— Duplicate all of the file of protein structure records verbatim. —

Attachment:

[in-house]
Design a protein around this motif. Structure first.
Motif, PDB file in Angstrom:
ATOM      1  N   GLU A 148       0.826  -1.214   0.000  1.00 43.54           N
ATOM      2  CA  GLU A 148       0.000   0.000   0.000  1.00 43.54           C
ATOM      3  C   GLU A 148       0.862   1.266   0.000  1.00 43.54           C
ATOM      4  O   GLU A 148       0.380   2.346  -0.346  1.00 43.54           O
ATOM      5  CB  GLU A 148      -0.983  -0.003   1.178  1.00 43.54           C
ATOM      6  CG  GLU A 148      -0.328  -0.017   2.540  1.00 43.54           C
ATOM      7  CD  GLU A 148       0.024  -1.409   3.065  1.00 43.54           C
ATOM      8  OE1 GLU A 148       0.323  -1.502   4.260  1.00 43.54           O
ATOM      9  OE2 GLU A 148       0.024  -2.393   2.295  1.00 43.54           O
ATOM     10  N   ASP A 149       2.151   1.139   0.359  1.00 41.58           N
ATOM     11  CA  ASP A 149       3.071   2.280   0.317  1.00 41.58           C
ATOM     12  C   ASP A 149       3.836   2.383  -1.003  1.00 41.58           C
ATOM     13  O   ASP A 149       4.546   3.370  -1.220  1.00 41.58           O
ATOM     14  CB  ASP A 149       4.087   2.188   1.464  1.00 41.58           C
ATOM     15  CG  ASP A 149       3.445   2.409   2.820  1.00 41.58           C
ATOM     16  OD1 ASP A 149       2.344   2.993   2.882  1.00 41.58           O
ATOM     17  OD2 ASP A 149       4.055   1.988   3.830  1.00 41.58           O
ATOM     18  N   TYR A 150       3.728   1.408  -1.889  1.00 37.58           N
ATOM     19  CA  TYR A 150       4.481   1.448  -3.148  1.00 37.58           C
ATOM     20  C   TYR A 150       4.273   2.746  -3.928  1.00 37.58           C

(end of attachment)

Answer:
[in-house]
Design a protein around this motif. Structure first.
Motif, PDB file in Angstrom:
ATOM      1  N   GLU A 148       0.826  -1.214   0.000  1.00 43.54           N
ATOM      2  CA  GLU A 148       0.000   0.000   0.000  1.00 43.54           C
ATOM      3  C   GLU A 148       0.862   1.266   0.000  1.00 43.54           C
ATOM      4  O   GLU A 148       0.380   2.346  -0.346  1.00 43.54           O
ATOM      5  CB  GLU A 148      -0.983  -0.003   1.178  1.00 43.54           C
ATOM      6  CG  GLU A 148      -0.328  -0.017   2.540  1.00 43.54           C
ATOM      7  CD  GLU A 148       0.024  -1.409   3.065  1.00 43.54           C
ATOM      8  OE1 GLU A 148       0.323  -1.502   4.260  1.00 43.54           O
ATOM      9  OE2 GLU A 148       0.024  -2.393   2.295  1.00 43.54           O
ATOM     10  N   ASP A 149       2.151   1.139   0.359  1.00 41.58           N
ATOM     11  CA  ASP A 149       3.071   2.280   0.317  1.00 41.58           C
ATOM     12  C   ASP A 149       3.836   2.383  -1.003  1.00 41.58           C
ATOM     13  O   ASP A 149       4.546   3.370  -1.220  1.00 41.58           O
ATOM     14  CB  ASP A 149       4.087   2.188   1.464  1.00 41.58           C
ATOM     15  CG  ASP A 149       3.445   2.409   2.820  1.00 41.58           C
ATOM     16  OD1 ASP A 149       2.344   2.993   2.882  1.00 41.58           O
ATOM     17  OD2 ASP A 149       4.055   1.988   3.830  1.00 41.58           O
ATOM     18  N   TYR A 150       3.728   1.408  -1.889  1.00 37.58           N
ATOM     19  CA  TYR A 150       4.481   1.448  -3.148  1.00 37.58           C
ATOM     20  C   TYR A 150       4.273   2.746  -3.928  1.00 37.58           C